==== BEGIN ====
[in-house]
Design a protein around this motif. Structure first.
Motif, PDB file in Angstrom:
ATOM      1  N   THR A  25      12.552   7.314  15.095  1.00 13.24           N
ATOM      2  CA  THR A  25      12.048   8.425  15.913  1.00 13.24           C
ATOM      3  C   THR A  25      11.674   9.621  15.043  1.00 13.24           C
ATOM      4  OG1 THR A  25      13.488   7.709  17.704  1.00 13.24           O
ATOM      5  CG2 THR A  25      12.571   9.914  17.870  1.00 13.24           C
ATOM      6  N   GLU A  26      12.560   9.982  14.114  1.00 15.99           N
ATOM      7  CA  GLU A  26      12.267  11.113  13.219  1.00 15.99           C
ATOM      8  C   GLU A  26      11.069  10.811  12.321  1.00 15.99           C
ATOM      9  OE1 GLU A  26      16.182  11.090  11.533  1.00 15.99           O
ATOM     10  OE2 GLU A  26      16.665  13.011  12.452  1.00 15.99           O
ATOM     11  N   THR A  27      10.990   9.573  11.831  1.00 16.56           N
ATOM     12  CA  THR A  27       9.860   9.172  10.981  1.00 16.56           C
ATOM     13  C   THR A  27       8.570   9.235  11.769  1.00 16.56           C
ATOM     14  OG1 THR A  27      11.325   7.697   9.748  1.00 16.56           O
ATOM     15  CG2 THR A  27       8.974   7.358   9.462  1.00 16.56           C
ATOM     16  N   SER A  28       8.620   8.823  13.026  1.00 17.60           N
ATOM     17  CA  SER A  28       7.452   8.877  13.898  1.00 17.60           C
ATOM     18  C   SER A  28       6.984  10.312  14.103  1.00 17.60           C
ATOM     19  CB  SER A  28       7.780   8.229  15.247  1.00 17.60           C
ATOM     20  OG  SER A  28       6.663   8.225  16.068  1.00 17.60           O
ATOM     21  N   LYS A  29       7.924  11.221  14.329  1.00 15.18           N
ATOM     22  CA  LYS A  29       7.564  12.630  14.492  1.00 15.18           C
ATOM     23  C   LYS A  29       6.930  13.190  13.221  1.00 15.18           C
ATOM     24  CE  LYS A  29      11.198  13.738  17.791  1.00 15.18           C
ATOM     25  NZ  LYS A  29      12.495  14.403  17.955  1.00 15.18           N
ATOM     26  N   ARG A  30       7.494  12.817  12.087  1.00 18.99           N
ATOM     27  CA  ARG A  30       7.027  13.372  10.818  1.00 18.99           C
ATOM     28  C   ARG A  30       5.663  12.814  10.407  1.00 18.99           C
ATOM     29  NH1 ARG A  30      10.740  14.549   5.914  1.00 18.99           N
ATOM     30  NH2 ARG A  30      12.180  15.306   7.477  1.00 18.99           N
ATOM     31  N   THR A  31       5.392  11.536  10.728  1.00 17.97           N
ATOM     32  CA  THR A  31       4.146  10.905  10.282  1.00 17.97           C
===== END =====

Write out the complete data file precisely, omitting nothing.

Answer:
[in-house]
Design a protein around this motif. Structure first.
Motif, PDB file in Angstrom:
ATOM      1  N   THR A  25      12.552   7.314  15.095  1.00 13.24           N
ATOM      2  CA  THR A  25      12.048   8.425  15.913  1.00 13.24           C
ATOM      3  C   THR A  25      11.674   9.621  15.043  1.00 13.24           C
ATOM      4  OG1 THR A  25      13.488   7.709  17.704  1.00 13.24           O
ATOM      5  CG2 THR A  25      12.571   9.914  17.870  1.00 13.24           C
ATOM      6  N   GLU A  26      12.560   9.982  14.114  1.00 15.99           N
ATOM      7  CA  GLU A  26      12.267  11.113  13.219  1.00 15.99           C
ATOM      8  C   GLU A  26      11.069  10.811  12.321  1.00 15.99           C
ATOM      9  OE1 GLU A  26      16.182  11.090  11.533  1.00 15.99           O
ATOM     10  OE2 GLU A  26      16.665  13.011  12.452  1.00 15.99           O
ATOM     11  N   THR A  27      10.990   9.573  11.831  1.00 16.56           N
ATOM     12  CA  THR A  27       9.860   9.172  10.981  1.00 16.56           C
ATOM     13  C   THR A  27       8.570   9.235  11.769  1.00 16.56           C
ATOM     14  OG1 THR A  27      11.325   7.697   9.748  1.00 16.56           O
ATOM     15  CG2 THR A  27       8.974   7.358   9.462  1.00 16.56           C
ATOM     16  N   SER A  28       8.620   8.823  13.026  1.00 17.60           N
ATOM     17  CA  SER A  28       7.452   8.877  13.898  1.00 17.60           C
ATOM     18  C   SER A  28       6.984  10.312  14.103  1.00 17.60           C
ATOM     19  CB  SER A  28       7.780   8.229  15.247  1.00 17.60           C
ATOM     20  OG  SER A  28       6.663   8.225  16.068  1.00 17.60           O
ATOM     21  N   LYS A  29       7.924  11.221  14.329  1.00 15.18           N
ATOM     22  CA  LYS A  29       7.564  12.630  14.492  1.00 15.18           C
ATOM     23  C   LYS A  29       6.930  13.190  13.221  1.00 15.18           C
ATOM     24  CE  LYS A  29      11.198  13.738  17.791  1.00 15.18           C
ATOM     25  NZ  LYS A  29      12.495  14.403  17.955  1.00 15.18           N
ATOM     26  N   ARG A  30       7.494  12.817  12.087  1.00 18.99           N
ATOM     27  CA  ARG A  30       7.027  13.372  10.818  1.00 18.99           C
ATOM     28  C   ARG A  30       5.663  12.814  10.407  1.00 18.99           C
ATOM     29  NH1 ARG A  30      10.740  14.549   5.914  1.00 18.99           N
ATOM     30  NH2 ARG A  30      12.180  15.306   7.477  1.00 18.99           N
ATOM     31  N   THR A  31       5.392  11.536  10.728  1.00 17.97           N
ATOM     32  CA  THR A  31       4.146  10.905  10.282  1.00 17.97           C